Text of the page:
Important Australian and International Fine Art
13 September 2016


born 1928

oil on canvas

159.0 x 422.5 cm

signed upper right: Charles Blackman

$250,000 – 350,000
Sold for $366,000 (inc. BP) in Auction 44 - 13 September 2016, Sydney

Corporate collection, Sydney, acquired c.1974

Catalogue text

This expansive painting by Charles Blackman is directly related to his major diptych White Cat’s Garden in the Afternoon, 1969 (oil on two canvases, 173 x 275 cm, private collection), itself one of three interconnected works depicting a lush, floral hideaway at various times of the day. Gardens and flowers had featured prominently in the artist’s oeuvre since his earliest days, but in these larger canvases Blackman exploited the similar sense of immersion a viewer feels in the presence of Claude Monet’s monumental ‘Waterlilies’ panels at the Musée de l’Orangerie in Paris. The partial genesis of the ‘Garden’ paintings was located in the period when the artist was living in Brisbane in the early 1950s with his future wife Barbara Patterson ‘near the flower farms at Tamborine, and the close proximity to gardens and bouquets … at Mrs Patterson’s home, where the Blackmans were staying and working.’1 Barbara was also a writer and a poem she had published in 1953 contains the lines: ‘Flowers are bold in the sunlight / and the blue skies waving over; / … Small child never returning / where flowers make separate shadows / … with his own old house and a white cat sleeping.’2 This personal significance of gardens for the Blackmans was further magnified by Barbara’s encroaching blindness, meaning that the bright blooms of flowers were amongst the last things she could visually perceive. In turn, the blindness enhanced her sense of smell and the scent of flowers thus took on great importance for them both.

In The Garden, 1972 a boy kneels whilst reading, totally absorbed in the book as a blonde haired girl sits silently next to half-concealed steps leading off to the right. In between lies a white cat, eyes askance, its gaze fixed upon the studious boy. Flowers of rich and varied hue are in abundance. Through these simple elements, Blackman masterfully creates a private domain of solitude and dreams, darkness and light, shot through with vivid colours and shapes, ‘unreal (and) full of tigerswift brightnesses.’3 It is also an image pregnant with mystery, and filled with so much personal symbolism that it is hard not to view The Garden as a subjective self-portrait. The writer Nadine Amadio comments that due to Blackman’s erratic schooling, ‘he literally educated himself by obsessively reading everything in the world of literature and poetry he could find and, in doing so, acquired his own patina of romanticism that is often present in lonely and imaginative children.’4 Likewise it is plausible that the blonde girl is an apparition of Blackman’s daughter Christabel or even a young Barbara, who had appeared earlier in Blue Alice, 1956 – 57 (Queensland Art Gallery, Brisbane) engulfed by a field of flowers as she negotiated the world beyond the looking-glass. The white cat (which Blackman first painted in The Chase in 1952)5 inhabits many of the paintings in the ‘Garden’ series. A wise and all-knowing presence, it becomes ‘a symbol of many things: innocence, a familiar, a night-self visiting secret places.’6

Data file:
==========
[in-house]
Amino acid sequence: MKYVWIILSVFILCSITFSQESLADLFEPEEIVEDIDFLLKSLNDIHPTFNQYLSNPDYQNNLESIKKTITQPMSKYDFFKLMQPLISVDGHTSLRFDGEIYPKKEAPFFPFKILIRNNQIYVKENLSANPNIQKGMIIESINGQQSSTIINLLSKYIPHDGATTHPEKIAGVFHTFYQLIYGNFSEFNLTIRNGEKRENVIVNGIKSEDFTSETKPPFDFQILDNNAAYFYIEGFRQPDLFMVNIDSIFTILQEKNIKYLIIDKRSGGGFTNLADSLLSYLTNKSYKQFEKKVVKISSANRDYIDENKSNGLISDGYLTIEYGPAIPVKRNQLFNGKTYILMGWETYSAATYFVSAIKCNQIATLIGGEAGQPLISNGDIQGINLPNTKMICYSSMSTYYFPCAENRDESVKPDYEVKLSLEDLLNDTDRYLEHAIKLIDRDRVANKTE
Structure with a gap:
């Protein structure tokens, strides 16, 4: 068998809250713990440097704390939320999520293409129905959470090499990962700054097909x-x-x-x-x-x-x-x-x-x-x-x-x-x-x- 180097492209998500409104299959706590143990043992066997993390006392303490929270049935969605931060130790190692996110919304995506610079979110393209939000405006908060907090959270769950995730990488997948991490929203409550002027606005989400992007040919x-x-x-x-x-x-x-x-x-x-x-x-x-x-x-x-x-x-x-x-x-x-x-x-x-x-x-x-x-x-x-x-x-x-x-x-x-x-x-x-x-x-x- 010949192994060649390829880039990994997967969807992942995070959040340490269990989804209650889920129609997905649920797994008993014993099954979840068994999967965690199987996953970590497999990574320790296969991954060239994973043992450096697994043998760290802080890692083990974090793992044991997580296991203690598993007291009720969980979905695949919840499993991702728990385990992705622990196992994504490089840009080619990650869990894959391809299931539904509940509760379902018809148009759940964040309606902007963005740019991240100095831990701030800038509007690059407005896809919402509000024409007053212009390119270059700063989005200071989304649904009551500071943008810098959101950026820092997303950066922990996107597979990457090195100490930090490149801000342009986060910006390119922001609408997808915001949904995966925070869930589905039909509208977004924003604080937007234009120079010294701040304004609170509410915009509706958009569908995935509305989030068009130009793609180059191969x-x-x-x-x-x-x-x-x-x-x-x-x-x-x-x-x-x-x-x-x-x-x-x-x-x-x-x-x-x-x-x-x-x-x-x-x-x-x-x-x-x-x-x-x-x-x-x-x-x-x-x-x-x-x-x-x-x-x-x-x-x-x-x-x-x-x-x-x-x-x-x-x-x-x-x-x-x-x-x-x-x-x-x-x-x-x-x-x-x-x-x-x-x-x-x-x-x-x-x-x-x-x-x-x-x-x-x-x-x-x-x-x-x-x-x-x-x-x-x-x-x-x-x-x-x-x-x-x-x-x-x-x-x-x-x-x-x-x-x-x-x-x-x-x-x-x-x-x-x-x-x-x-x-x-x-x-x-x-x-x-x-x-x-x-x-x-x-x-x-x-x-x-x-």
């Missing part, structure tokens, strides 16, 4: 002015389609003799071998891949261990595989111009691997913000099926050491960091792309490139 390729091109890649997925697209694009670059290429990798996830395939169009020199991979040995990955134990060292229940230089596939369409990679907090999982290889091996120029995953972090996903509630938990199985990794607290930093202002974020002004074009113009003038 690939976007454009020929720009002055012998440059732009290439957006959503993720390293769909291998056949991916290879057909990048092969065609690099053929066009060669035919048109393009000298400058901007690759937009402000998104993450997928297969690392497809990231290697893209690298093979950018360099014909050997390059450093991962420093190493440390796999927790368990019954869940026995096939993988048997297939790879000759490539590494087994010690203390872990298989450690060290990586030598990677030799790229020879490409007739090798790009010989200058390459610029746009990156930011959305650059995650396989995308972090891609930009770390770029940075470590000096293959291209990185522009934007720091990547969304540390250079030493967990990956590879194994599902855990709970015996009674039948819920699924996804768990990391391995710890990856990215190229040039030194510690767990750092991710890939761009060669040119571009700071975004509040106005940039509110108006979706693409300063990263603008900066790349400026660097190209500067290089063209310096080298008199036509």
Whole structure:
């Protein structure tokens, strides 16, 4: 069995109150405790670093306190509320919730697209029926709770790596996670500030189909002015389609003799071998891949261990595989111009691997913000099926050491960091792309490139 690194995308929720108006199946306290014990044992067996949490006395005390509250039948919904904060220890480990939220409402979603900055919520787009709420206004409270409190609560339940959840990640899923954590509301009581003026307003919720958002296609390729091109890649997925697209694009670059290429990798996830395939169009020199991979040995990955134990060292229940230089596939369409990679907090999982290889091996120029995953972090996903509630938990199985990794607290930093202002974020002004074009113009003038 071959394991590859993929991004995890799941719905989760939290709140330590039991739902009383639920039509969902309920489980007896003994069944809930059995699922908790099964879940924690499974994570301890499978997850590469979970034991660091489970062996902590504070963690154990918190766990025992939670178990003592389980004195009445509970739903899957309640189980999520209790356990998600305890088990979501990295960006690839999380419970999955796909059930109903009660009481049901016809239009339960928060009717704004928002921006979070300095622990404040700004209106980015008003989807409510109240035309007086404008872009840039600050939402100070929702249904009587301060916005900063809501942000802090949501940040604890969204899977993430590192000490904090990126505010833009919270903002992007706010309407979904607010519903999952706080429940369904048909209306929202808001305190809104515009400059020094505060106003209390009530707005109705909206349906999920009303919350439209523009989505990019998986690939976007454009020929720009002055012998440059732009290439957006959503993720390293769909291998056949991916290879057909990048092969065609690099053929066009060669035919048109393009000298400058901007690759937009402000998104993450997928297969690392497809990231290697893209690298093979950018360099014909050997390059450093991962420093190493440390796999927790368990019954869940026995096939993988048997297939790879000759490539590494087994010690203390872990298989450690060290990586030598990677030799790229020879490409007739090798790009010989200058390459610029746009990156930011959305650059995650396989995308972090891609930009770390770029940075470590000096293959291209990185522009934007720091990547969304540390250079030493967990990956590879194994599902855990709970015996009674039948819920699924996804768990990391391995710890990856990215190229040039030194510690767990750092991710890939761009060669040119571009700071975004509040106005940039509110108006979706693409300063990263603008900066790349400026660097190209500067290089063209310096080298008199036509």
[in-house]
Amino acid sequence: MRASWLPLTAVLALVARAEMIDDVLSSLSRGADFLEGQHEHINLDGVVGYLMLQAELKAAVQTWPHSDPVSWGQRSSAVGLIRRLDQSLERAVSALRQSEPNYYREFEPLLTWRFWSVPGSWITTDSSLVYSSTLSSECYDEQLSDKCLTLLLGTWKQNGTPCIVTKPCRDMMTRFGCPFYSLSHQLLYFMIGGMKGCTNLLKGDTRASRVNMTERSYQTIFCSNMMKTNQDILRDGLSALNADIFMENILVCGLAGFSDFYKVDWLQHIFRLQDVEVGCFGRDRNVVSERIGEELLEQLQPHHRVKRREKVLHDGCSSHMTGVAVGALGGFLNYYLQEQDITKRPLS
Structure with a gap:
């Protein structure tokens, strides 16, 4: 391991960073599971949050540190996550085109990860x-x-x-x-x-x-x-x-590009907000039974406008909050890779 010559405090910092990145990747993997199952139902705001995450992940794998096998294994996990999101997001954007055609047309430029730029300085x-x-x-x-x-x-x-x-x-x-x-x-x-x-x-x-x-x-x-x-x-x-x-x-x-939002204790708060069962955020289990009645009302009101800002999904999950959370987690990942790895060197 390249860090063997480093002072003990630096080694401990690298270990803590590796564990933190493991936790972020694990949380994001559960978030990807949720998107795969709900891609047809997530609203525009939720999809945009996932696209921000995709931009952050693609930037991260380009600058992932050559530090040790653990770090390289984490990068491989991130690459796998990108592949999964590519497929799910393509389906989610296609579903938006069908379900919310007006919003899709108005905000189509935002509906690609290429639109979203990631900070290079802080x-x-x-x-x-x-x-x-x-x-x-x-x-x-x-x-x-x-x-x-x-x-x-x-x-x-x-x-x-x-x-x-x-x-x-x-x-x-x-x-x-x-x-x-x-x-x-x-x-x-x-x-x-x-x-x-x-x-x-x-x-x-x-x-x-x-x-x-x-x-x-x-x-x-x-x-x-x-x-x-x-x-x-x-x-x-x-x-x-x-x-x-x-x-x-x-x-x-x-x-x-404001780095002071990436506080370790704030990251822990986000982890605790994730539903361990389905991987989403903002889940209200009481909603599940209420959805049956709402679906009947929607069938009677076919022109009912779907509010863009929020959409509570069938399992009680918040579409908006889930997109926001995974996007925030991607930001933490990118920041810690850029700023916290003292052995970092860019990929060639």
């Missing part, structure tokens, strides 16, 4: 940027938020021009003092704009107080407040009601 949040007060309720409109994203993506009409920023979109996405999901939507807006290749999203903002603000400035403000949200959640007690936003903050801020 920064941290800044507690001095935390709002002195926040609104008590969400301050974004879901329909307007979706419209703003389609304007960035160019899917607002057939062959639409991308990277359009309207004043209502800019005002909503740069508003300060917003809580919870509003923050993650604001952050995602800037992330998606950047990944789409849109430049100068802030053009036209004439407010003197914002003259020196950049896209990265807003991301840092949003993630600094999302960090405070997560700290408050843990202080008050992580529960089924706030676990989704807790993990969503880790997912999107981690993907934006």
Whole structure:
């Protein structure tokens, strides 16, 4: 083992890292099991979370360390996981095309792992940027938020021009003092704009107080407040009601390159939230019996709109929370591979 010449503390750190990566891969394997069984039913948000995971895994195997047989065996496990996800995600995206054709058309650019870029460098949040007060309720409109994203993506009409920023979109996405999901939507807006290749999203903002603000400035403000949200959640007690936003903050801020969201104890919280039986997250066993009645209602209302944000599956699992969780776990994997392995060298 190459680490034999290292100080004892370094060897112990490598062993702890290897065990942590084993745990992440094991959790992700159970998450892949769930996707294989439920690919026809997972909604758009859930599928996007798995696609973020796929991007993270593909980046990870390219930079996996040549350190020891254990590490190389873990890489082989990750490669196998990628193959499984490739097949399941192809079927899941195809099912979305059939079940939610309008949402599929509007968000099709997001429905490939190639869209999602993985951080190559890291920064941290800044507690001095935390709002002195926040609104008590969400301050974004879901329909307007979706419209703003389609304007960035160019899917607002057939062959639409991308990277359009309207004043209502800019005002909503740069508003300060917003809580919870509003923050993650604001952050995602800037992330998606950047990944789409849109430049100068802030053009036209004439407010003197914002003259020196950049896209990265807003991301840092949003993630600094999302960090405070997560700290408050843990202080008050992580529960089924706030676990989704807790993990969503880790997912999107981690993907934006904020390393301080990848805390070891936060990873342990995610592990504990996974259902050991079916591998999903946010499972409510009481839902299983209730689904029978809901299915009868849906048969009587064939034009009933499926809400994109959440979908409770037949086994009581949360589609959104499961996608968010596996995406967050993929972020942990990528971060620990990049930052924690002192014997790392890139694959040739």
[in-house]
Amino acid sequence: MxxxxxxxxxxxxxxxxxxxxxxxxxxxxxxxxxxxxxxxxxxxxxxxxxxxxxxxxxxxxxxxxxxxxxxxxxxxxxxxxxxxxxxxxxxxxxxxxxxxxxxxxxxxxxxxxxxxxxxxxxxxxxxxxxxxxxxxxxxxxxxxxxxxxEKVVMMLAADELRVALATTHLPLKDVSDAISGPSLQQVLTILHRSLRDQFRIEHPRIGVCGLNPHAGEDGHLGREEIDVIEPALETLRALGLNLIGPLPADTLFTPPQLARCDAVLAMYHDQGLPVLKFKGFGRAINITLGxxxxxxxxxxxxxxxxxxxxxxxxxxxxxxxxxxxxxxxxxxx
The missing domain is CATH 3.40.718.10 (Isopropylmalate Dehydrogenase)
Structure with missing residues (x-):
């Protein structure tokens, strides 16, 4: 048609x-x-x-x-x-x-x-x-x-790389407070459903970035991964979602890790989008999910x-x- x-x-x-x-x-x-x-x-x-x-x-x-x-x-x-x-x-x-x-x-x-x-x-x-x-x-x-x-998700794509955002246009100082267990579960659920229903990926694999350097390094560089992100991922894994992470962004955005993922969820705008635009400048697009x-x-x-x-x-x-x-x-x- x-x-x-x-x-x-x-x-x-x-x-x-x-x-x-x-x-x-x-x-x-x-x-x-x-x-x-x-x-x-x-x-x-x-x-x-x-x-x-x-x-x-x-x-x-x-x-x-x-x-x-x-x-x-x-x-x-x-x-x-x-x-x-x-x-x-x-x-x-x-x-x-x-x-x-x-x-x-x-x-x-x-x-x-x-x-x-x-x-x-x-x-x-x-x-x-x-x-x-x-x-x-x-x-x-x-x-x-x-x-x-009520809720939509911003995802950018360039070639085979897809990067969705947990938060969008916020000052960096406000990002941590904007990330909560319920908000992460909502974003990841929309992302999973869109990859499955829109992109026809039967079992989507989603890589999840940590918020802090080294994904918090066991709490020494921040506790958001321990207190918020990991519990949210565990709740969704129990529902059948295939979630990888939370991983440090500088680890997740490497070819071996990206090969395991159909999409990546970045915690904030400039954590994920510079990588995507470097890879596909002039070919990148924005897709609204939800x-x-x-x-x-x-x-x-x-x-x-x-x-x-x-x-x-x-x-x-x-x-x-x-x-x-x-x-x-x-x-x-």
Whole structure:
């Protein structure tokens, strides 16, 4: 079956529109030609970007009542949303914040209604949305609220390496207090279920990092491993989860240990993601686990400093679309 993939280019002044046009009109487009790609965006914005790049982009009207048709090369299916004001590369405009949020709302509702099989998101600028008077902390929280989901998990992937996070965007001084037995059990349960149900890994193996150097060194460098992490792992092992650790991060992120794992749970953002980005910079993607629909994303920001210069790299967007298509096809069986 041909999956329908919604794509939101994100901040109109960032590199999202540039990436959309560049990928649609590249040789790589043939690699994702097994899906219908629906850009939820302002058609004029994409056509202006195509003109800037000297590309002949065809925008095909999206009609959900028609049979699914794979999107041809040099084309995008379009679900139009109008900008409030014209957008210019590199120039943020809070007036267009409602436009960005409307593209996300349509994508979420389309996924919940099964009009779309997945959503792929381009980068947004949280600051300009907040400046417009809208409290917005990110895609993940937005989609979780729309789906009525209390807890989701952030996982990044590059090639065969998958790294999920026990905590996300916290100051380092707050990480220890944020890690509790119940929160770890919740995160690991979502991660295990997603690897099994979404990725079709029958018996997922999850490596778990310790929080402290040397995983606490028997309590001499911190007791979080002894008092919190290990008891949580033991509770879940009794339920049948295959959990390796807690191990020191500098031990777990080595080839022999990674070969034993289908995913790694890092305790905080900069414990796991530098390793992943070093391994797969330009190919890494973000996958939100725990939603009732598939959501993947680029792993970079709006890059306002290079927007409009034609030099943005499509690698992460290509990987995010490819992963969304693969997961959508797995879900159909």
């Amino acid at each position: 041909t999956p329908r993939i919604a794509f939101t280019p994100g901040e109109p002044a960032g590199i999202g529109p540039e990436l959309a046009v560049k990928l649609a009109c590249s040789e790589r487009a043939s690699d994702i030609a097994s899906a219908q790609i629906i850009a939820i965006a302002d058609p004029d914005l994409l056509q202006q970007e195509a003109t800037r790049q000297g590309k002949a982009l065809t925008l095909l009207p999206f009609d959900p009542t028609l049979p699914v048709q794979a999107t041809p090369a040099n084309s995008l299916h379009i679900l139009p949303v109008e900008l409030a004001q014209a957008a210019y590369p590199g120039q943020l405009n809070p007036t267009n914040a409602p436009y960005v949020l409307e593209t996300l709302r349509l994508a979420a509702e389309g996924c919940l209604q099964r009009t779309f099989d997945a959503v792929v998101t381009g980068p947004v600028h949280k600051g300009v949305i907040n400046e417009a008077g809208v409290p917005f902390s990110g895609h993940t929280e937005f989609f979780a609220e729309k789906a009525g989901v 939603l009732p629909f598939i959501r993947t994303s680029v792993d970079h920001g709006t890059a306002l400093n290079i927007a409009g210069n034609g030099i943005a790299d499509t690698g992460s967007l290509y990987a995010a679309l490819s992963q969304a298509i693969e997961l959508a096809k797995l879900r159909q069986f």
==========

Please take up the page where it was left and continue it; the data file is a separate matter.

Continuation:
1. Shapcott, T., Focus on Charles Blackman, University of Queensland Press, Brisbane, 1967, p. 37
2. Blackman, B., Child Away, 1953, cited in: Shapcott, T., op. cit., p. 17
3. Dickens, B. and McGregor, K., Charles Blackman, Macmillan, Melbourne, 2010, p. 12
4. Amadio, N., Charles Blackman: the lost domains, Reed, Sydney, 1980, p. 8
5. Illustrated in: Moore, F.St.J, Charles Blackman: Schoolgirls and Angels, National Gallery of Victoria, Melbourne, 1993, p. 34
6. Amadio, N., op. cit., p. 80